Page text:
On October 4, 2008, CAMP NO 14 conducted the SUVCW Dedication Ceremony at the Grave Site in Lakeview Cemetery in Harbor Springs, for Brother Fred Knoodle, who had served the Camp as our Civil War Memorials Officer for eight years. Fred had also served for several years on the Department’s C.W. Memorials Committee as well as serving on the Department’s G.A.R. Records Committee. Fred was the custodian of the Petoskey Confederate Cannon from 2002 until he helped transport it to Karkadoulias Bronze Art in Cincinnati in June of 2007. Fred did much of the research on this cannon and was a prime mover in its restoration and dedication on June 21, 2008. Fred was killed when he was hit by a truck while riding his bicycle. Fred had logged over 92,000 miles on his bike. Around 75 family members and friends attended the Ceremony. A luncheon was held At the First Presbyterian Church. Six Brothers from Camp 14 had served as Pall Bearers at Fred’s funeral on August 25, 2008 (Memorial Page)
The Robert Finch Camp No. 14 completed Two Major projects in 2008.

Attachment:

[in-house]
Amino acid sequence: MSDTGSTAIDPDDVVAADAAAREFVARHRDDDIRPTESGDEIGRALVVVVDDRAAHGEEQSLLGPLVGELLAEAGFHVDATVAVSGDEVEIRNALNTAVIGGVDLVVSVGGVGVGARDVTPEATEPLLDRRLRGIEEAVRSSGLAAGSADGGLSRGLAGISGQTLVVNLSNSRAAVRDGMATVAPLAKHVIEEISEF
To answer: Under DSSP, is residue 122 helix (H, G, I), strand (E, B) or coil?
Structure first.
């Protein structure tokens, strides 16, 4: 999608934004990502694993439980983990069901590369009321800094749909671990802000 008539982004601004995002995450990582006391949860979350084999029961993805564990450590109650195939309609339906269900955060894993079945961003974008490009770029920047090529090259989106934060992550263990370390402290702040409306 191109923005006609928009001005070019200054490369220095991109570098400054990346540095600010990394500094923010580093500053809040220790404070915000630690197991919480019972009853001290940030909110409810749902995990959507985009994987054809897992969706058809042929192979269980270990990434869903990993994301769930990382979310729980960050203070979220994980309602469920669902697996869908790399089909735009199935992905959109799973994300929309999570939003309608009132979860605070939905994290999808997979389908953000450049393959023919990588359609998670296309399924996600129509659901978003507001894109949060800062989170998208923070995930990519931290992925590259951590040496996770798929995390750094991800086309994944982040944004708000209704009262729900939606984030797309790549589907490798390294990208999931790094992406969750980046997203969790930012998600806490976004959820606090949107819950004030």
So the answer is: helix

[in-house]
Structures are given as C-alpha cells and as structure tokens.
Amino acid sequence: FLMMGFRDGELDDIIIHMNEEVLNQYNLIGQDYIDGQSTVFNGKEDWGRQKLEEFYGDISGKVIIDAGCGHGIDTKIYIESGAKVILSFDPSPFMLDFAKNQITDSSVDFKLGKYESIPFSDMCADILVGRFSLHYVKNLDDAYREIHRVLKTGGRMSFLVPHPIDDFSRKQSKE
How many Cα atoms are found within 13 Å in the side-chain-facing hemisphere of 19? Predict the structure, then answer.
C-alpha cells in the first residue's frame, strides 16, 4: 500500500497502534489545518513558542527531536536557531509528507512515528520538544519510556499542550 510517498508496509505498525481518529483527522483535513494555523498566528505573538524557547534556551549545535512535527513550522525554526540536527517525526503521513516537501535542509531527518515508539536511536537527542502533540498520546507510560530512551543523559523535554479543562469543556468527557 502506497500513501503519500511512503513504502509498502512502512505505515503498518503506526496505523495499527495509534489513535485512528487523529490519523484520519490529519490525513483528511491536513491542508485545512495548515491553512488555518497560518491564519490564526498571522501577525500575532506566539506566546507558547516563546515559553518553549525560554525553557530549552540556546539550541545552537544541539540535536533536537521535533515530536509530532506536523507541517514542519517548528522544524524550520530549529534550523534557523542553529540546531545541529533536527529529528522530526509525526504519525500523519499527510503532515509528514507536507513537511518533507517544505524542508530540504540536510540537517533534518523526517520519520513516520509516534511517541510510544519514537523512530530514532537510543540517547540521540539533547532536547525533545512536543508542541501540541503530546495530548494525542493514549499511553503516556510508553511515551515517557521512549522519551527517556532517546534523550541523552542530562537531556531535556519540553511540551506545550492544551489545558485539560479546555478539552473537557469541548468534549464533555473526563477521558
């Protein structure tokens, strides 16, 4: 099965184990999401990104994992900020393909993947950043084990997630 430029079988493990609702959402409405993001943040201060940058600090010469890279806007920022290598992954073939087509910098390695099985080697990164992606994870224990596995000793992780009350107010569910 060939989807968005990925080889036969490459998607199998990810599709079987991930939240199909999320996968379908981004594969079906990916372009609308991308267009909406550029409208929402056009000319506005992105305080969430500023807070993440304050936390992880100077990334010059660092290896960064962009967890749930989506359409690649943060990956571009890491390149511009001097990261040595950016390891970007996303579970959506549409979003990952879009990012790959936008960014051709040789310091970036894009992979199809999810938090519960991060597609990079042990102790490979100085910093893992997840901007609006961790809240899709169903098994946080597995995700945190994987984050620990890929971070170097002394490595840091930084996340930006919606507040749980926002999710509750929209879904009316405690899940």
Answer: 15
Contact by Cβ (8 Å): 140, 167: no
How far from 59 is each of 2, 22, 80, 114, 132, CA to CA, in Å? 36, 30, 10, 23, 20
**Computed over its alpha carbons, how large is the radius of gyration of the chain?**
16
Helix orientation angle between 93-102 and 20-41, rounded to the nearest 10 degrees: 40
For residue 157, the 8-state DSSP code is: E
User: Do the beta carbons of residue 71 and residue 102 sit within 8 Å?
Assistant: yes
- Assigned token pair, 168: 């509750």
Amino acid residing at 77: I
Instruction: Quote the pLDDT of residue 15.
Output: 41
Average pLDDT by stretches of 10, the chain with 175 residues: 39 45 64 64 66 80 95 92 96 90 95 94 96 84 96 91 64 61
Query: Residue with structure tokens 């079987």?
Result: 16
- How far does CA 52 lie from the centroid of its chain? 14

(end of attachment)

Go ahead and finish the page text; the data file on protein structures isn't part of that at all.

On August 23, 2008, Camp 14 dedicated and presented to Grand Traverse County two bronze plaques placed on a 10,000 pound Chilton Stone. The stone sits between the “Old Soldier’s” Monument and the 6.4 inch 100 Pounder Parrot Rifled Naval Cannon that had served on the U.S.S. Sabine during the Civil War. August 23rd was the 150th anniversary of the commissioning of the U.S.S. Sabine. PCC Neal Breaugh served as Master of Ceremonies for the Dedication Ceremony. Before the Dedication, President Marian Solem of the Frances Finch Auxiliary No. 9 placed a beautiful floral arrangement at the base of the plaques. PCC Bill Skillman spoke on the history of the “Old Soldier’s” Monument. Department Civil War Memorials Officer Doug Armstrong from Camp No.58 in DeWitt spoke on the history of this Naval Cannon. Camp Barb Jim Ribby delivered three short poems for the occasion. The Dedication Team consisted of Dave Kaplan, Commander; Don Gray, Chaplain; Jim Ribby, Officer of the Guard; Alan Werdehoff as Guard of the Plaques; the VFW Cherryland Post 2780 served as the Honor Guard and Rifle Salute Squad; taps was played by Ben and Dan Sattler. After the Dedication, Camp Commander Robert Clark presented the Stone and Plaques to Grand Traverse County Commission President Sonny Wheelock who accepted the gift.